The way I think about money is somewhat muddled. When we go to the shops in Mexico I often convert purchases into US dollars in my head. Which was fine for a while when the Australian and US dollar was one for one.
But now the Aussie dollar isn’t worth the same as the US. What does this mean? That I often end up spending more money than I’d planned, because my $60 grocery store trip was actually $70 Australian dollars, yet in my mind it’s still $60.
The weirdest thing is, I don’t even know why American dollars is my currency of choice, considering the longest we’ve ever lived in the country has been for five months. I lived in Australia for 21 years and England for five, yet I still keep coming back to the American dollar.
To further confuse things, we also get paid in a number of different currencies, including pounds, US dollars and Australian dollars. We get the American dollars paid into our PayPal account, which we deposit into our British bank account. We get Aussie dollars deposited into our Australian bank account.
But then all the money we spend is in Mexican pesos. Unless it’s NetFlix, which comes out of PayPal, or Amazon, which comes out of our British bank account, or Airbnb which comes out of the Aussie account.
Are you still with me? I think I’m a little lost myself.
The point is, I would love a great system for converting, or linking, all my bank accounts into a one stream with one currency. Is there an app for that? If not, someone please go develop one!
Anyway, each month I’ve been thinking that our budget is $3,000 Australian dollars, but the problem is I’ve been thinking in US dollars, not Aussie. Which means we’ve actually been going over our budget every month, now that the Aussie dollar isn’t the same as the US.
For example, this month we spent US$3,073.62. So I’m thinking we’re all hunky dory and only slightly over our budget.
But turns out that figure equates to $3,536.80 Australian dollars. Which is, er, $500 over budget.
Prices in Mexico
Mexico is pretty cheap. Not as cheap as Bolivia (I don’t think anywhere in the Americas is) but still inexpensive.
We’re paying around US$40 a night for a one bedroom apartment on Airbnb. Hotel accommodation is more expensive, but still not ridiculously so.
We’ve been paying around US$80 for a week’s worth of supermarket shopping (not including alcohol.)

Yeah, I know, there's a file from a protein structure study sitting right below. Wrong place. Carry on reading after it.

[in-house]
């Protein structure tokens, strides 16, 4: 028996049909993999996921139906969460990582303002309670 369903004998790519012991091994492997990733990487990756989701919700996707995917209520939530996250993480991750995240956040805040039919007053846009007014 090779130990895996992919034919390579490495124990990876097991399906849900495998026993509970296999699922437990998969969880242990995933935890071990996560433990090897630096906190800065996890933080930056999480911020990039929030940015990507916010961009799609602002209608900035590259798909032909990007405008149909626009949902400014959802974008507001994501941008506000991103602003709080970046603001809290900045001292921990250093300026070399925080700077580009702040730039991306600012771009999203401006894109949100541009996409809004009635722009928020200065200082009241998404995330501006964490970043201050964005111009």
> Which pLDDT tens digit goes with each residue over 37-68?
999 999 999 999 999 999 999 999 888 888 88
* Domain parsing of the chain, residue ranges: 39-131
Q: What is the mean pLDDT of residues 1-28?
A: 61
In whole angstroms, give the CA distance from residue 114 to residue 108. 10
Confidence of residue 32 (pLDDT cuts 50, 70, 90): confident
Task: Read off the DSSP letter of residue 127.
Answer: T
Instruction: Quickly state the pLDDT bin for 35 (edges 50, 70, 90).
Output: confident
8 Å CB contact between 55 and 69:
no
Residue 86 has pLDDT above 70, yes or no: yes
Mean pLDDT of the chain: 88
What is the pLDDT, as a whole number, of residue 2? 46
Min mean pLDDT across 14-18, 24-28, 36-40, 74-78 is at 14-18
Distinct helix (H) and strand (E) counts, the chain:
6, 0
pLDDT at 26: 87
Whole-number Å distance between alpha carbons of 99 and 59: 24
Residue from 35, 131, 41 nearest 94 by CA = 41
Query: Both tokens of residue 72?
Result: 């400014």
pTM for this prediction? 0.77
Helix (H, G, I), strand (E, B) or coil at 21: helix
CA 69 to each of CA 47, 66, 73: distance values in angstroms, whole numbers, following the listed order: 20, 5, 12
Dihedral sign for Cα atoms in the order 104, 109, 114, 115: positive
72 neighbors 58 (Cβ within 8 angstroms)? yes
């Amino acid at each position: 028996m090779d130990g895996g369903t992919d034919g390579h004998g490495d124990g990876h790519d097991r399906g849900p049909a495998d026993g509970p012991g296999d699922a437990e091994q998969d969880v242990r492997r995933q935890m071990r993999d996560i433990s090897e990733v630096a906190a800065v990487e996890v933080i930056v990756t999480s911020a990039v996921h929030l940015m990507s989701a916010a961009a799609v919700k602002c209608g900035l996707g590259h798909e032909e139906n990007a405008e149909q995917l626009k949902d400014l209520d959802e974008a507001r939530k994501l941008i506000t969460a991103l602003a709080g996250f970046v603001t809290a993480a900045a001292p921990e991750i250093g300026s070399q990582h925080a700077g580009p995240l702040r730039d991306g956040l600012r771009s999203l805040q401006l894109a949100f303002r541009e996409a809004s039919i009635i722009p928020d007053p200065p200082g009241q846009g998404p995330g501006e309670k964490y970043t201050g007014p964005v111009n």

Actually, wine is rather pricey in Mexico. You can expect to pay about US$7 for a glass of red, and they certainly won’t be filling it up to the brim. Mexicans don’t know much about wine either and some of the bottles I’ve been served taste more like they belong in my salad dressing than running down my throat.
Eating out is pretty cheap though. We’ve rarely paid more than US$20 per person for a meal, and this price is for a more ‘fancy’ restaurant and would include two, or maybe even three, courses.
Street food is the way to go though. Mexican food was made for street food stalls, and we can easily eat a delicious street food meal for US$5 a pop for the two of us.
(As a side note, I recently read a gringo host’s profile on Airbnb who advises not to eat the Mexican street food at any cost, whilst staying in her apartment in Oaxaca. This saddens me. These people are missing out! And Dave and I haven’t fallen ill yet. Touch wood.)
Tips for visiting the tourist sites on the Yucatan Peninsula
We spent a lot of money tramping around the ruins of Mexico last month, which was worth every penny. Some of these sites were as little as $3 to get in, and the big name ones like Chichen Itza were about US$16.
If you plan on seeing them yourself, I would recommend hiring a car and driving there rather than going on a tour. If you tour it, you’ll not only pay a lot more – think US$80 per person – but you’ll also be trooping around the ruins with thousands of other people.
If you hire a car, you pay US$40 – 50 a day for the vehicle, a few bucks on petrol, and then you have freedom to explore at your leisure, which for me is priceless.
For Chichen Itza, we got there as the gates opened and were sharing the huge site with a handful of people. As we left at 11am the tour buses were streaming in, all the touts had set up their tables and were yelling at us for a sale, and the serene and magical setting of the ruins had lost all of its charm.
Having a car also means you can leave the ruins for a cenote well ahead of the tourist rush. The cenotes are breathtaking, and I’ve been filling our Instagram feed with a lot of images from our jaunts to them, but this beauty is hampered somewhat when you’re taking in the scene with 100 others.
Our plans for the next month
We fly to Oaxaca from Campeche tomorrow morning (I’m writing this on the 3rd of November) and plan on living in the Oaxaca city region for the next month. We just booked this apartment today to stay in for two weeks. If we like it enough, we might stay on. It’s a bit of a splurge for us – US$350 a week – but doesn’t it look delightful?
Both of us are working really hard right now, and we couldn’t think of a more serene surrounding to get our writing projects done.
The exciting news is that on the 18th of November our travel buddy Kristin, who we met on the Inca Trail in March and then travelled with to Ecuador and Colombia, is flying back down from the US to join us for our last few weeks in Mexico.
I’m really looking forward to having her smiley, friendly and familiar face around again, and Dave is excited about having his beer buddy back. (I don’t drink beer. Yuck.)
What are your travel plans for the next month? Let us know if you’ll be in Mexico!
Breakdown of our spending in October:
|Travel budget in October (US dollars)|
|Public transport (buses, taxis and a week’s worth of car hire)||$511.47|
|Petrol for car hire||$90.34|